Reviews for Twerp
Booklist Reviews 2013 June #1
Sixth-grader Julian Twerski discovers a love for writing as he documents his year for a teacher who wants him to come to terms with an act of bullying on his part. Set in Queens in the author's 1960s childhood, this period piece spotlights a time when boys were independent, self-sufficient in their entertainment, and entirely unsupervised. Julian's gang, led by his best friend, Lonnie, hangs out in a vacant lot or neighborhood playground, entertaining themselves by throwing things, exploding fireworks, and ragging on each other. For Lonnie, Julian writes an admiring letter to classmate Jillian, who responds by becoming interested in Julian instead. This leads to a first date, a first broken heart, and a temporary quarrel with his pal. Meanwhile, Julian's composition entries circle around to the incident that led to his punishment. The cleverly constructed first-person narrative leads readers into sympathy with the precocious narrator, so that the reveal is a surprise and the denouement a relief. There's a fair amount of nostalgia here, which adult readers may appreciate more than teens. Copyright 2013 Booklist Reviews.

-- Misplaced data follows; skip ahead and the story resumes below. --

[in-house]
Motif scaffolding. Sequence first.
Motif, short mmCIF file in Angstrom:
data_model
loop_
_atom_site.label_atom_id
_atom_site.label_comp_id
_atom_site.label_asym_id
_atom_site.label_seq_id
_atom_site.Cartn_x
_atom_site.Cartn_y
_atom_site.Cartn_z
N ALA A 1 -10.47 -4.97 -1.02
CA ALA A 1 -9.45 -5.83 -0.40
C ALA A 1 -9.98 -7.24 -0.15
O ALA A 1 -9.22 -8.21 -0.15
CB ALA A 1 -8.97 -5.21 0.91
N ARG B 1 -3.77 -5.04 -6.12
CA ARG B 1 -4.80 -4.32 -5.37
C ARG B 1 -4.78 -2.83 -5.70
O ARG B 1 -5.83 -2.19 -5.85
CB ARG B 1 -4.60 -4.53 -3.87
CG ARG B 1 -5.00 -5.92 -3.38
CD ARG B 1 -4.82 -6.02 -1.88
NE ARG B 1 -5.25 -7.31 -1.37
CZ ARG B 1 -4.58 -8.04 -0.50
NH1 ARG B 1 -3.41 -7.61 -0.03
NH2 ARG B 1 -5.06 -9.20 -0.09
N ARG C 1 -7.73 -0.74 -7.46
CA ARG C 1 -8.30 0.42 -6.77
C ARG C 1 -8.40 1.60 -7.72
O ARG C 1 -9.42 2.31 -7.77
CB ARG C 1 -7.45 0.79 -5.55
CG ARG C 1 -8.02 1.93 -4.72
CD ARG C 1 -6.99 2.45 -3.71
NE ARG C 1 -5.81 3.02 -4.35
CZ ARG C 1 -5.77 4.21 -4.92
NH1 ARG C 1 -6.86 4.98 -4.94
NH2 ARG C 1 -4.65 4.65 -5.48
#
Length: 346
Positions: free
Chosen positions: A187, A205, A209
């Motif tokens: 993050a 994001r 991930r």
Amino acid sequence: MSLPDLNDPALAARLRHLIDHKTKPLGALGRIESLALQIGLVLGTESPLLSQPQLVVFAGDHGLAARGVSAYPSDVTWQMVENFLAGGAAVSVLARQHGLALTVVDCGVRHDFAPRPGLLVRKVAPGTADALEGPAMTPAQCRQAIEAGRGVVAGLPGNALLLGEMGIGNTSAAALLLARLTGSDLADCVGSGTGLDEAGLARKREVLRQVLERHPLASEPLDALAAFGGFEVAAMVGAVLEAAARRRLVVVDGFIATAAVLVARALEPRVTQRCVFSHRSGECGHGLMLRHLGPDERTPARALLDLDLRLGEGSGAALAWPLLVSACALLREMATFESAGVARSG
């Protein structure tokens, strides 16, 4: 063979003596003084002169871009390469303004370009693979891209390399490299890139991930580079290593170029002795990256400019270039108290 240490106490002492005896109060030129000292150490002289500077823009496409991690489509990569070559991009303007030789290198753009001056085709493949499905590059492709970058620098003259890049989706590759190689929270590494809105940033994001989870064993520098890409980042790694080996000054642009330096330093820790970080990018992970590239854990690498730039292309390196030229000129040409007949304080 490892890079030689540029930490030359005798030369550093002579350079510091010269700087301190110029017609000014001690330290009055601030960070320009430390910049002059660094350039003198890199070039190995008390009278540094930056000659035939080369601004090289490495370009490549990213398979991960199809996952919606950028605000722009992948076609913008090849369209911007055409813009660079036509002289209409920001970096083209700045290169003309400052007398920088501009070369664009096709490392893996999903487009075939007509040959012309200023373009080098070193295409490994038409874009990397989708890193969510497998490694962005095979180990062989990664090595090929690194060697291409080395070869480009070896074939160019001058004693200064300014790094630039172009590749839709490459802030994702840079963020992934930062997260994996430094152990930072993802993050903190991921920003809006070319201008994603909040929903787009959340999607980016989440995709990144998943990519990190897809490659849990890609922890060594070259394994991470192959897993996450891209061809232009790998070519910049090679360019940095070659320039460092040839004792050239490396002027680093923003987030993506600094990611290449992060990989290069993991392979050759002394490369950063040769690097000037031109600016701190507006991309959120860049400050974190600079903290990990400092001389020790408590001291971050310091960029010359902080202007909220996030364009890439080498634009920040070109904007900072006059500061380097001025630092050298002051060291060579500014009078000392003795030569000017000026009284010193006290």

Horn Book Guide Reviews 2014 Spring
Twelve-year-old Julian Twerski didn't mean for "soft in the head" Danley Dimmel to get hurt. Now that he's served his suspension, Julian's English teacher wants him to write about exactly what happened. Through the compositions, readers get to know Julian as he comes to know himself. The story, set in 1960s Queens, New York, is funny, poignant, and an effective commentary on bullying.
Horn Book Magazine Reviews 2013 #5
Twelve-year-old Julian Twerski didn't mean for "soft in the head" Danley Dimmel to get hurt. He doesn't deny he was there when it happened, but it wasn't one hundred percent his fault, and maybe he could have stopped it. But now that Julian and his gang have served their week's suspension from school, Julian's English teacher, Mr. Selkirk, wants him to write about it. Exactly what happened is the elephant in the room for the rest of the novel (set in 1960s Queens, New York), as Julian does indeed write -- nine composition notebooks' worth -- about everything but Danley Dimmel. Julian tells of how he killed a pigeon and how sad he was, how he caused a car accident, how his friend Quentin burned off his eyebrows, how he was buddied up with Beverly Segal on a field trip to the Metropolitan Museum of Art and how awkward it was walking past nude statues with a girl. Through the compositions, readers get to know Julian, as he comes to know himself, and though he claims to persist with the writing to get out of a book report on Julius Caesar, Julian ironically finds the meaning of life in Shakespeare. He may be a "quintessence of dust" like Hamlet, he says, but he's "a quintessence of dust with a date for Friday night." Goldblatt's debut novel for young readers is funny, poignant, and an effective commentary on bullying and its consequences and on knowing right from wrong. dean schneider Copyright 2013 Horn Book Magazine Reviews.
Kirkus Reviews 2013 April #1